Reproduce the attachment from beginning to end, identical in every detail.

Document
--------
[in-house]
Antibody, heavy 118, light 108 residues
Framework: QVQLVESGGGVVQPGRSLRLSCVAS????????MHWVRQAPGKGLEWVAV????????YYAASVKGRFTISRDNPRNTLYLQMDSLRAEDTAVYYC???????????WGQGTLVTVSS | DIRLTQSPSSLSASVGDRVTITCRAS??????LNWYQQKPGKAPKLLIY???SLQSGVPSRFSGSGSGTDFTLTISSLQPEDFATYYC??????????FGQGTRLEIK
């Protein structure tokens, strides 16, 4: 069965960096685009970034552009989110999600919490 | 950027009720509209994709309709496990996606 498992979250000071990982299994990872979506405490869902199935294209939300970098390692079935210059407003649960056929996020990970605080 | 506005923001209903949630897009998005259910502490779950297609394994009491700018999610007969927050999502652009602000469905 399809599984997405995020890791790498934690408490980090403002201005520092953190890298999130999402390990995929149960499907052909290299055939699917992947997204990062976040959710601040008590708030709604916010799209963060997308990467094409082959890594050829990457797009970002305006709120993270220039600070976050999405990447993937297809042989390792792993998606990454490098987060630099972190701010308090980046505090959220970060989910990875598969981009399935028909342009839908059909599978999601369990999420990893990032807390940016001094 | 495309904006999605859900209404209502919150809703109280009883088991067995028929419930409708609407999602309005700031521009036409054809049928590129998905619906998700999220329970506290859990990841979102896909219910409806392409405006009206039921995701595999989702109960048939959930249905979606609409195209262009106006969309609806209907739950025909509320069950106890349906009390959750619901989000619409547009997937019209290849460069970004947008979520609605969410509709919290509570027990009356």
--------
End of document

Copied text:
[in-house]
Antibody, heavy 118, light 108 residues
Framework: QVQLVESGGGVVQPGRSLRLSCVAS????????MHWVRQAPGKGLEWVAV????????YYAASVKGRFTISRDNPRNTLYLQMDSLRAEDTAVYYC???????????WGQGTLVTVSS | DIRLTQSPSSLSASVGDRVTITCRAS??????LNWYQQKPGKAPKLLIY???SLQSGVPSRFSGSGSGTDFTLTISSLQPEDFATYYC??????????FGQGTRLEIK
């Protein structure tokens, strides 16, 4: 069965960096685009970034552009989110999600919490 | 950027009720509209994709309709496990996606 498992979250000071990982299994990872979506405490869902199935294209939300970098390692079935210059407003649960056929996020990970605080 | 506005923001209903949630897009998005259910502490779950297609394994009491700018999610007969927050999502652009602000469905 399809599984997405995020890791790498934690408490980090403002201005520092953190890298999130999402390990995929149960499907052909290299055939699917992947997204990062976040959710601040008590708030709604916010799209963060997308990467094409082959890594050829990457797009970002305006709120993270220039600070976050999405990447993937297809042989390792792993998606990454490098987060630099972190701010308090980046505090959220970060989910990875598969981009399935028909342009839908059909599978999601369990999420990893990032807390940016001094 | 495309904006999605859900209404209502919150809703109280009883088991067995028929419930409708609407999602309005700031521009036409054809049928590129998905619906998700999220329970506290859990990841979102896909219910409806392409405006009206039921995701595999989702109960048939959930249905979606609409195209262009106006969309609806209907739950025909509320069950106890349906009390959750619901989000619409547009997937019209290849460069970004947008979520609605969410509709919290509570027990009356």